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Thread: Tax question! Does disability count as making money in a different state?

  1. #1
    Senior Member mr_coffee's Avatar
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    Question Tax question! Does disability count as making money in a different state?

    Hi guys and gals,

    I'm doing my taxes and I need to file 2 different states, PA and CA. When I was getting disability I lived in PA but now that i'm in CA I don't make any SSI or SS when before I was getting both.

    I filed my 1099 SSA which shows how much disability I made in 2008-2009 which was only like $3,500. So I put that down in the tax form. But then it asked me if I worked in 2 different states. Should I say yes I worked in PA or should I say no because I was just getting disability in PA?

    Or does disability count as working?


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    Senior Member rdf's Avatar
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    No you didn't work in PA.

    eta: SSDI can be counted as income if you add up all your income from all sources, plus half of your SSDI for the year, and the resulting amount is above 25K or so.

    I don't know if SSI can be counted as income, or not. Might call the IRS.
    Last edited by rdf; 03-31-2010 at 07:21 PM.
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    Senior Member medic1's Avatar
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    Quote Originally Posted by rdf View Post
    No you didn't work in PA.

    eta: SSDI can be counted as income if you add up all your income from all sources (including SSDI), divide by two, and the resulting amount is above 25K or so.

    I don't know if SSI can be counted as income, or not. Might call the IRS.
    wouldnt SSi be considered unearned income?

  4. #4
    Senior Member mr_coffee's Avatar
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    Well I got 2 checks in the mail, I was from SS and the other said SSI, but never SSDI.
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  5. #5

    Taxes

    Social Security, Social Security Disability and Supplemental Security Income are non-taxable incomes. Meaning you do not pay taxes on those sources.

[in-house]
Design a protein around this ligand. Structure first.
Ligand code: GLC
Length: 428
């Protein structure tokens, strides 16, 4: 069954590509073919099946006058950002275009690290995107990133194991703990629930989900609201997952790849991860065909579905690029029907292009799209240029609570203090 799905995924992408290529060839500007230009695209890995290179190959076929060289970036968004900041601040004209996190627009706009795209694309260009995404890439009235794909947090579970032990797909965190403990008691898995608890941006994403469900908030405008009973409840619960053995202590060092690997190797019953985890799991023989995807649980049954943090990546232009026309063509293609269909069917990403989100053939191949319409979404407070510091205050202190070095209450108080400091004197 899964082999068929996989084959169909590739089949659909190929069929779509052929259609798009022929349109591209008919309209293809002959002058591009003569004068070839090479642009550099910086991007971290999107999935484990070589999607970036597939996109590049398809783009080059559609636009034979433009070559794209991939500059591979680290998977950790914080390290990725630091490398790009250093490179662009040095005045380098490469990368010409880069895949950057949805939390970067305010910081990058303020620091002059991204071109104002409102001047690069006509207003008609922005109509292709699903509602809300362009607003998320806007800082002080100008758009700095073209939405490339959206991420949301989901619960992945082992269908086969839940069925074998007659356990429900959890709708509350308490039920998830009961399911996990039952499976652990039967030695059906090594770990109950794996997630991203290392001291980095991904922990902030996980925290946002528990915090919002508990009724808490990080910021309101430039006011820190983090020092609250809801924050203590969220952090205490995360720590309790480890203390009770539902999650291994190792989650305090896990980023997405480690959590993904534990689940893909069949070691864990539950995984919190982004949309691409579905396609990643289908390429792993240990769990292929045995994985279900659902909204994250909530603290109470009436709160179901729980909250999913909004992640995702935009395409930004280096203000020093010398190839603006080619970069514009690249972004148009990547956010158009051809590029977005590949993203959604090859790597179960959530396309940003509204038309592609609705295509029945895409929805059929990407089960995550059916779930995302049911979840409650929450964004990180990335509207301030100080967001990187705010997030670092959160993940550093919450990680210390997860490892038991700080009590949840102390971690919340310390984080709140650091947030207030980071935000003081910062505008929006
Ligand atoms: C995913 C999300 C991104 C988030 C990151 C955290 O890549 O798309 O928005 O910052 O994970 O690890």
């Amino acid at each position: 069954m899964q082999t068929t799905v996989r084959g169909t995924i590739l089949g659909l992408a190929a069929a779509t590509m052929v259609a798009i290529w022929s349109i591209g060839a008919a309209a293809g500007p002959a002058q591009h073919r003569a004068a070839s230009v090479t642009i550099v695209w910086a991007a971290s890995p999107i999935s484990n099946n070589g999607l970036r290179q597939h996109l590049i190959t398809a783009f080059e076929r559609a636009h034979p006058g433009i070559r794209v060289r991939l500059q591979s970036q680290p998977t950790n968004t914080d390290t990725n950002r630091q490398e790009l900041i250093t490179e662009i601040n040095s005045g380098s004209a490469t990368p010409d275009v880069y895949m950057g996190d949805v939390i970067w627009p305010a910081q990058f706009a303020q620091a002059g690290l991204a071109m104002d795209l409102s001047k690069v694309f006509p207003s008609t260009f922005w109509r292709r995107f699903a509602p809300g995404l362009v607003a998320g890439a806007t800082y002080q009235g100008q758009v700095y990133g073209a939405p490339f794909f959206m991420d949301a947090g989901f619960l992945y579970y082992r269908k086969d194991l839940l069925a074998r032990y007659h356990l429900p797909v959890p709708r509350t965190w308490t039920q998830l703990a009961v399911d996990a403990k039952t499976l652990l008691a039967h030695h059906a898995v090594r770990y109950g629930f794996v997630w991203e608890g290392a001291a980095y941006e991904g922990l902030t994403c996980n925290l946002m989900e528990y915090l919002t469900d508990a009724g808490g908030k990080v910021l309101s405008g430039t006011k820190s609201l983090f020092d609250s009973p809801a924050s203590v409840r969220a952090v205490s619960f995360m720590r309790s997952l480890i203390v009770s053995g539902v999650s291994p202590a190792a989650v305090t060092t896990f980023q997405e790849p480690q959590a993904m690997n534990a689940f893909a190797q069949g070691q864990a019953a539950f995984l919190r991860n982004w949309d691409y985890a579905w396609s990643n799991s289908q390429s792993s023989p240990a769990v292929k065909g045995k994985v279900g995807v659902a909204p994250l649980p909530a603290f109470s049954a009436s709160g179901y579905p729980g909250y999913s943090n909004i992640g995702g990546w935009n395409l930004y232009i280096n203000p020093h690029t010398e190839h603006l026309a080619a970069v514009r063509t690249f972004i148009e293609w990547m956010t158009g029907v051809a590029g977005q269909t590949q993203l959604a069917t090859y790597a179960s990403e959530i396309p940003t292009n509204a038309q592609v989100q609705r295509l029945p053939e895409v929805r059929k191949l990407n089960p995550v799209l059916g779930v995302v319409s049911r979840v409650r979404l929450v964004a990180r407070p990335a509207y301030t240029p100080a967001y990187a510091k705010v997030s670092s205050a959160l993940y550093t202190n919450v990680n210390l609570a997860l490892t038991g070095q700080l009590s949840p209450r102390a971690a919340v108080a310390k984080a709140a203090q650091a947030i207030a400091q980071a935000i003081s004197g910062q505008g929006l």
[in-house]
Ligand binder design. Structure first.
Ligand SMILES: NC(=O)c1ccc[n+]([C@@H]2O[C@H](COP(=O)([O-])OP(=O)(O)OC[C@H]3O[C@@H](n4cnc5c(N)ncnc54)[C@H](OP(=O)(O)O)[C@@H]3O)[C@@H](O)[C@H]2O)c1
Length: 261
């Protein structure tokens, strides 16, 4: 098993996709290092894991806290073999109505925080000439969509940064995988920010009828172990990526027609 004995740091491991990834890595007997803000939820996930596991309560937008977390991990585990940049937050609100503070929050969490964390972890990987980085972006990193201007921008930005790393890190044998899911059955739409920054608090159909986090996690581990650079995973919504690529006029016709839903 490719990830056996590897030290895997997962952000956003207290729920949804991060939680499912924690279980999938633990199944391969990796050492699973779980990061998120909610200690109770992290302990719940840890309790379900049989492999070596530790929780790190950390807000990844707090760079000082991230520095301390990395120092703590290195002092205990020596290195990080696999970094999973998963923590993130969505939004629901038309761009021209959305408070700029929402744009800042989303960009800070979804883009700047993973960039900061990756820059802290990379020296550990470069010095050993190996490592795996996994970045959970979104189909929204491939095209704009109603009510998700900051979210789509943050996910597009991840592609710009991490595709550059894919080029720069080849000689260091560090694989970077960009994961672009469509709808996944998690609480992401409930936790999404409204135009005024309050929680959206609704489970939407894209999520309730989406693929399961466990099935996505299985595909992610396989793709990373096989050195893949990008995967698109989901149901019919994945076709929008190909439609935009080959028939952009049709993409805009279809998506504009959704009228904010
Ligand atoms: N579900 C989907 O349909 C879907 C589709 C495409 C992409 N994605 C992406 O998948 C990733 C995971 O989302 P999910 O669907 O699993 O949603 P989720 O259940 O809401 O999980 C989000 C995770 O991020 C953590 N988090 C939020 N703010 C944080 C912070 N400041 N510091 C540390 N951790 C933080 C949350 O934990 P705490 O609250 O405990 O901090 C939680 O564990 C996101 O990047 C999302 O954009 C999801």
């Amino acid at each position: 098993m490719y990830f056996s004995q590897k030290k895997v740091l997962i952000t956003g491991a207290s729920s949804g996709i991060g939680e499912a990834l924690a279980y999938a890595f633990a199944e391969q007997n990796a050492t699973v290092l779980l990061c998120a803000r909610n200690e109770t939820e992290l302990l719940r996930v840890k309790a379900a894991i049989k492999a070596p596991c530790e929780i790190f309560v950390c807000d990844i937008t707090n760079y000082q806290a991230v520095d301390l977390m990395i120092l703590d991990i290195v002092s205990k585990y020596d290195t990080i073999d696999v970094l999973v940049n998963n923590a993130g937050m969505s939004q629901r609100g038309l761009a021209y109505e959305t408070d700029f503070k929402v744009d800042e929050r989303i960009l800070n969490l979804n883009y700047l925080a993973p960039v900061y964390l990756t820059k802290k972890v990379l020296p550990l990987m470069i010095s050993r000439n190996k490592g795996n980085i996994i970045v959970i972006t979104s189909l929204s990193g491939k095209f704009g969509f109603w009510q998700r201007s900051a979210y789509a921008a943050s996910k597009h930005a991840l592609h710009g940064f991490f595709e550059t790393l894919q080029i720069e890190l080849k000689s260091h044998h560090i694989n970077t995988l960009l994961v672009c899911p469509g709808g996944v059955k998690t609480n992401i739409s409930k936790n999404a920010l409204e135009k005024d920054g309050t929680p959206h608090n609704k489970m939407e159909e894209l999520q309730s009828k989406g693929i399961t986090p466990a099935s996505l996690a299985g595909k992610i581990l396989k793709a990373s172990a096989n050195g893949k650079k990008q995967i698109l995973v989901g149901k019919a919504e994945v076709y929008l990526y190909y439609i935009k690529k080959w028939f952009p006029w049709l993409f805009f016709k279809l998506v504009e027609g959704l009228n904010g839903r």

You got Social Security Disability check in Pennsylvania.

    You worked, pay check with taxes, in California. So you worked only in 1 state.


    Ti

  6. #6
    They probably would have sent you a form with the total amount received throughout the year and directions on where to claim it if you had to. I'm not sure how it works in the states though.
    ~Ashley~

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    Senior Member rdf's Avatar
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    Quote Originally Posted by titanium4motion View Post
    Social Security, Social Security Disability and Supplemental Security Income are non-taxable incomes. Meaning you do not pay taxes on those sources.

    You got Social Security Disability check in Pennsylvania.

    You worked, pay check with taxes, in California. So you worked only in 1 state.


    Ti
    Social Security Disability income can be taxed as I explained above - I think up to 85% of SSDI is taxable under the right circumstances.
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  8. #8
    Quote Originally Posted by mr_coffee View Post
    Or does disability count as working?

    Thanks!
    My dad works for the IRS, so I will tell you what I know: Disability payments do NOT count as working. You're receiving the payments largely because you don't work and they only serve to help you while you do work. It is tax money, so taxing you on tax money would make no sense.

    However, it's good you no longer collect from PA while living in CA, as you must inform the government whenever you move when collecting from it. That was my only concern when going to read this because I wanted to make sure you notified the government of your move if you still collect to avoid any possible troubles for you.


  9. #9
    Senior Member rdf's Avatar